Tax Planning for Income

As you prepare to file your 2020 personal income taxes and plan for 2021, Busey encourages you to consider the following tips—allowing you to decrease federal income taxes and keep more of your income.

1. Postpone your income to minimize your current income tax liability.
By deferring or postponing income to a later year, you may be able to minimize your current income tax liability and invest the money saved. When you eventually report the income, it's possible that you'll be in a lower income tax bracket.

Certain retirement plans can help you postpone the payment of taxes on your earned income. For example, with a traditional 401(k) plan you contribute part of your salary into the plan, paying income tax only when you withdraw money from the plan. This allows you to postpone tax on part of your salary and take advantage of the tax-deferred growth of investment earnings.

There are many other ways to postpone your taxable income, including:
-  contributing to a traditional IRA
-  buying permanent life insurance (the cash value part grows tax deferred)
-  investing in certain savings bonds.

For your specific tax planning options, we advise you speak with a tax professional.

2. Shift income to family members to lower the overall family tax burden.
You may be able to minimize your federal income taxes by shifting income to family members who are in a lower tax bracket. For example, if you own stock that produces dividend income, you have the option to gift the stock to your children. After you've made the gift, the dividends will represent income to them—potentially lowering your family's overall tax burden. Keep in mind that you can make a tax-free gift of up to $15,000 per year, per recipient without incurring federal gift tax.

3. Deduction planning involves proper timing and control over your income.
Be sure to take advantage of all deductions that you are entitled to and time them in a beneficial manner.
As a starting point, you'll have to decide whether to itemize your deductions or take the standard deduction. Generally, you'll choose whichever method lowers your taxes the most. If you choose to itemize, be aware that some deductions are allowed only to the extent that the deduction exceeds some percentage of your adjusted gross income (AGI).

Because you can sometimes control whether a deductible expense falls into the current tax year or the next, you may have some control over the timing of your deduction. If you're in a higher federal income tax bracket this year than you expect to be in next year, consider accelerating deductions into the current year. You can accelerate deductions by paying deductible expenses and making charitable contributions this year, rather than waiting until next.

4. Investment tax planning uses timing strategies and focuses on your after-tax return.
Consider making tax-conscious investment choices by utilizing strategies such as tax-exempt securities and intentionally timing the sale of capital assets for maximum tax benefit.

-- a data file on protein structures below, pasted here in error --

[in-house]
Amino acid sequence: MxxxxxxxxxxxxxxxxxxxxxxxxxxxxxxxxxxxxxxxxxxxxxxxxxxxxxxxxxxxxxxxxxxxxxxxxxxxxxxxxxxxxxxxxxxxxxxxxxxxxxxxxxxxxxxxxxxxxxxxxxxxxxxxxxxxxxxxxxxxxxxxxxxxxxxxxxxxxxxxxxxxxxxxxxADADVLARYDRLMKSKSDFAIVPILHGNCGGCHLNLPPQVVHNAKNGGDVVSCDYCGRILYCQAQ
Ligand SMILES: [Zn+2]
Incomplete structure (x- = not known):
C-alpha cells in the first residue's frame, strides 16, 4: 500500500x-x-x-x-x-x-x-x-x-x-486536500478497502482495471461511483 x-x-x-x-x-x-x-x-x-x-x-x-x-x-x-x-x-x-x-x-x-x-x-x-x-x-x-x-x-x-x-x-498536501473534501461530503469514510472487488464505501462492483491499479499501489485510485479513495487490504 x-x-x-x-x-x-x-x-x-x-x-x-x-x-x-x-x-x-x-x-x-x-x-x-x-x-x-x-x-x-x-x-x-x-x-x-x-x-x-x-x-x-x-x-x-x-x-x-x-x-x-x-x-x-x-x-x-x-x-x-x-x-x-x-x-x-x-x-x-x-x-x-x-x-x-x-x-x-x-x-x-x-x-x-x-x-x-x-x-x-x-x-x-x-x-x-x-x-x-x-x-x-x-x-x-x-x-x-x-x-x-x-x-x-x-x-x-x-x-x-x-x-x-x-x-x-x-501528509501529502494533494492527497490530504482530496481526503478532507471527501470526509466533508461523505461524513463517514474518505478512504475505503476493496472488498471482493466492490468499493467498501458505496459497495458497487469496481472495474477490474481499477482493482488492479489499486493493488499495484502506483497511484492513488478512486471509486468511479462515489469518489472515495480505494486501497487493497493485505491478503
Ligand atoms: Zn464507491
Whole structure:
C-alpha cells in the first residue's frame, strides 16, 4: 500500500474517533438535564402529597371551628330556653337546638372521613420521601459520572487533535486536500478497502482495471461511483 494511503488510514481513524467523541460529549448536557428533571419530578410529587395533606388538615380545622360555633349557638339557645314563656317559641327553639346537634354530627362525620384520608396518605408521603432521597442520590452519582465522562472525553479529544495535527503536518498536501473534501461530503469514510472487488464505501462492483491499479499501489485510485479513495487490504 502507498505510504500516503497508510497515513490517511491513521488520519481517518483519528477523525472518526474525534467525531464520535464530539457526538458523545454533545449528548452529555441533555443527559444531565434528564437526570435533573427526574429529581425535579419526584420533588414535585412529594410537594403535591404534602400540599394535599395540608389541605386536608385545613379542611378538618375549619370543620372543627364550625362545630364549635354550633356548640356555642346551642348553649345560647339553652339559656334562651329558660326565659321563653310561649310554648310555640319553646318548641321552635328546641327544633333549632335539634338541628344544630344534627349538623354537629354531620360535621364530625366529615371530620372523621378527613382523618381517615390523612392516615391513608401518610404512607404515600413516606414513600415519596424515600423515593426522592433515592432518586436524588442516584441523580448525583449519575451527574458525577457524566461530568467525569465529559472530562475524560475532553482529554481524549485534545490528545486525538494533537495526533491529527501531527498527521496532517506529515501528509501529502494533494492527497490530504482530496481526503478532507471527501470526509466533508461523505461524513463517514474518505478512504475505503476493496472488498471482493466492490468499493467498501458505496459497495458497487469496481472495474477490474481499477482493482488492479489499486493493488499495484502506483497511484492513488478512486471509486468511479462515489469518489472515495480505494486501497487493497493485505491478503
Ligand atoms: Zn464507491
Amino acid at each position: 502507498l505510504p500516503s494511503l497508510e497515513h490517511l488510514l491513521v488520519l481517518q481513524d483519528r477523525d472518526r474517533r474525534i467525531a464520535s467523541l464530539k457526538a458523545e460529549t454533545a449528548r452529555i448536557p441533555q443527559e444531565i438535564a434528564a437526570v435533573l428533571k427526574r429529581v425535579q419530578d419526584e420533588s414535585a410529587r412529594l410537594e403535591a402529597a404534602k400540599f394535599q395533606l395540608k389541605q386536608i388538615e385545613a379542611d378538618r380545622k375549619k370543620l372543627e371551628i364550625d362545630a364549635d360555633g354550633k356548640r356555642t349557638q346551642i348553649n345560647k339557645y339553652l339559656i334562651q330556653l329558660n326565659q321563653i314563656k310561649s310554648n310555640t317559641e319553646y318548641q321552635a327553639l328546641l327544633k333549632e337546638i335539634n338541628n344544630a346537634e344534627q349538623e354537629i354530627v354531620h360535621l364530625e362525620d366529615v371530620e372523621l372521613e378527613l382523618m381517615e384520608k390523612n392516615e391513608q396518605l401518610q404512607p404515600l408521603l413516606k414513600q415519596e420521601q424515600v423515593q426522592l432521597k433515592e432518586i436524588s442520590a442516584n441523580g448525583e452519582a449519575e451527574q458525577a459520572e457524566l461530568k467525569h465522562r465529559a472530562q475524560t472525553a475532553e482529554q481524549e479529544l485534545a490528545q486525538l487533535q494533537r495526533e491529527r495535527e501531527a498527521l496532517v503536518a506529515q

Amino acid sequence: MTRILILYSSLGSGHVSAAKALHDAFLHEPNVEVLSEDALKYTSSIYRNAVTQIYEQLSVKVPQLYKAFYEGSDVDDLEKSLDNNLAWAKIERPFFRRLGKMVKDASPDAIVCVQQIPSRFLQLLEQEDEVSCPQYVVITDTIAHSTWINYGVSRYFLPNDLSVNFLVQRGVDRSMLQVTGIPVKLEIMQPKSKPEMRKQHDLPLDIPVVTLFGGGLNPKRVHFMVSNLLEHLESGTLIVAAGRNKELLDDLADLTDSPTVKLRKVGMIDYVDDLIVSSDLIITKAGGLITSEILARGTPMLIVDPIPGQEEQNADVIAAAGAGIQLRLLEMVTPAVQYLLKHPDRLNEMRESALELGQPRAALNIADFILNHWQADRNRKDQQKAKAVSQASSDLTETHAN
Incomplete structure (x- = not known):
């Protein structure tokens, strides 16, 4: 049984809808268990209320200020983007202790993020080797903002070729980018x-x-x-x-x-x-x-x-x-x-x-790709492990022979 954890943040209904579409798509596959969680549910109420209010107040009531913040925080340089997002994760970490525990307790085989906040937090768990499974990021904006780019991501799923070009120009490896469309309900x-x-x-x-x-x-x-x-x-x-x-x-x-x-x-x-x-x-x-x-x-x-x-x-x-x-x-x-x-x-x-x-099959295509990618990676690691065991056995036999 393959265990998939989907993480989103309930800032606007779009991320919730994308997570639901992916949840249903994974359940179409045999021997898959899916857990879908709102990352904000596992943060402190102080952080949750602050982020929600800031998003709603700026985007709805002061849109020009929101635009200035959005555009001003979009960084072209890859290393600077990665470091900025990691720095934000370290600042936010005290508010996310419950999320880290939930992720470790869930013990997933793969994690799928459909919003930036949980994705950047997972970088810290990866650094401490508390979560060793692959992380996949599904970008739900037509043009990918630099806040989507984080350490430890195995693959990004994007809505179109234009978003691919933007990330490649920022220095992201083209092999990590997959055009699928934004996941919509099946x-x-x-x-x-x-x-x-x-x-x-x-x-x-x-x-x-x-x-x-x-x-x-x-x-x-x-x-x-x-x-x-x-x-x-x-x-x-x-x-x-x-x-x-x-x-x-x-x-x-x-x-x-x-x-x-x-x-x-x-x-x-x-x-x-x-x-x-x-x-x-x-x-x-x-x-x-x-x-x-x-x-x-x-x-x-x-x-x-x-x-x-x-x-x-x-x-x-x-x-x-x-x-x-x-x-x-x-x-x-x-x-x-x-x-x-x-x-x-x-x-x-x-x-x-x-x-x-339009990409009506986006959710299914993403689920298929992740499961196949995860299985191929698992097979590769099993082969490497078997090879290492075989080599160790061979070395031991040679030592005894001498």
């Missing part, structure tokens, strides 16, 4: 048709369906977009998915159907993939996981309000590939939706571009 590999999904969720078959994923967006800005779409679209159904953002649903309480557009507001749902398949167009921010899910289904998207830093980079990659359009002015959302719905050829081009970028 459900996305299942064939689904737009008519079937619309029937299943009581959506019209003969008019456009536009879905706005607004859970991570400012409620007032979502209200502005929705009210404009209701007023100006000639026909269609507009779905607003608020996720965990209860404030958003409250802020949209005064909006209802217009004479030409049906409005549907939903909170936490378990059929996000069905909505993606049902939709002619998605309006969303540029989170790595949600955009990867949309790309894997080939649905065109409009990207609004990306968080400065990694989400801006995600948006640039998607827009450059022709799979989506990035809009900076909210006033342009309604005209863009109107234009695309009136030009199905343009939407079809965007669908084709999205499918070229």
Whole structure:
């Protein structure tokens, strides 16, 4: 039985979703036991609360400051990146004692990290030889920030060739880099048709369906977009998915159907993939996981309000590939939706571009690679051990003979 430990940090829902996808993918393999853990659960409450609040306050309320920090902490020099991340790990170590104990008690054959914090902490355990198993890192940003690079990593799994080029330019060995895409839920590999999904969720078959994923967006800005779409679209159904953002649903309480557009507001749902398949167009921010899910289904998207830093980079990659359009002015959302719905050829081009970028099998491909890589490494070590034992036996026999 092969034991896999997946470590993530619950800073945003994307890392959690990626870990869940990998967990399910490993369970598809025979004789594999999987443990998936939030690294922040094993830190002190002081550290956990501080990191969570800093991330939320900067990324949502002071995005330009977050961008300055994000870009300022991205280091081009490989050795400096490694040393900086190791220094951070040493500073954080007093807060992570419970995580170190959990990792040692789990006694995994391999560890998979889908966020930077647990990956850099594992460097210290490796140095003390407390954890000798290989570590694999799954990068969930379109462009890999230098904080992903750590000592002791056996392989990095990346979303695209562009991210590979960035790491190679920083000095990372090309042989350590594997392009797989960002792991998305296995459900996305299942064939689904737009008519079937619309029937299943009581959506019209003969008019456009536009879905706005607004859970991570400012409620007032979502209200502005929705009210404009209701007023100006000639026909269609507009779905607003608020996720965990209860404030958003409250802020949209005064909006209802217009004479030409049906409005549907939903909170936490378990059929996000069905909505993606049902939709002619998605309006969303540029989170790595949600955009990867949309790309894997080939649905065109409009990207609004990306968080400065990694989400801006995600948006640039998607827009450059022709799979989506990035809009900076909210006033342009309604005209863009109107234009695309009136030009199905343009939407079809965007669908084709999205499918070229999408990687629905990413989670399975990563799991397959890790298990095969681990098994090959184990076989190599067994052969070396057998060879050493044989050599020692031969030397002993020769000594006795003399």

Certain investments generate income that's exempt from tax at the federal or state level. Additionally, you can exclude the interest on certain municipal bonds from your income. Although interest on municipal bonds is generally tax exempt, certain municipal bond income may be subject to the federal alternative minimum tax. When comparing taxable and tax-exempt investment options, focus on those choices that maximize your after-tax return.

In most cases, long-term capital gain tax rates are lower than ordinary income tax rates—meaning the amount of time you hold an asset prior to selling it can make a big tax difference. Timing the sale of a capital asset, such as stock, is also beneficial. If you expect to be in a lower income tax bracket next year, consider waiting to sell your stock. If you have capital losses this year that you can use to offset the resulting gain, you might want to sell your assets this year to accelerate income.

Note: Do not decide which investment options are most appropriate based on tax considerations alone—nor should you decide when, or if, to sell an asset solely based on the tax consequence. A financial or tax professional can help you decide what choices are right for your specific situation.

5. Year-end planning focuses on your marginal income tax bracket.
Year-end tax planning typically takes place in October, November, and December—generally looking at ways to time income and deductions resulting in the best possible tax result. This may mean postponing income to the following year and accelerating deductions into the current year. The right year-end tax planning moves will depend on your individual circumstances.

The information provided is for general informational purposes only—it is not intended to be specific tax advice. To discuss solutions tailored to your unique situation, please contact the experts at Busey Wealth Management or your personal tax advisor.

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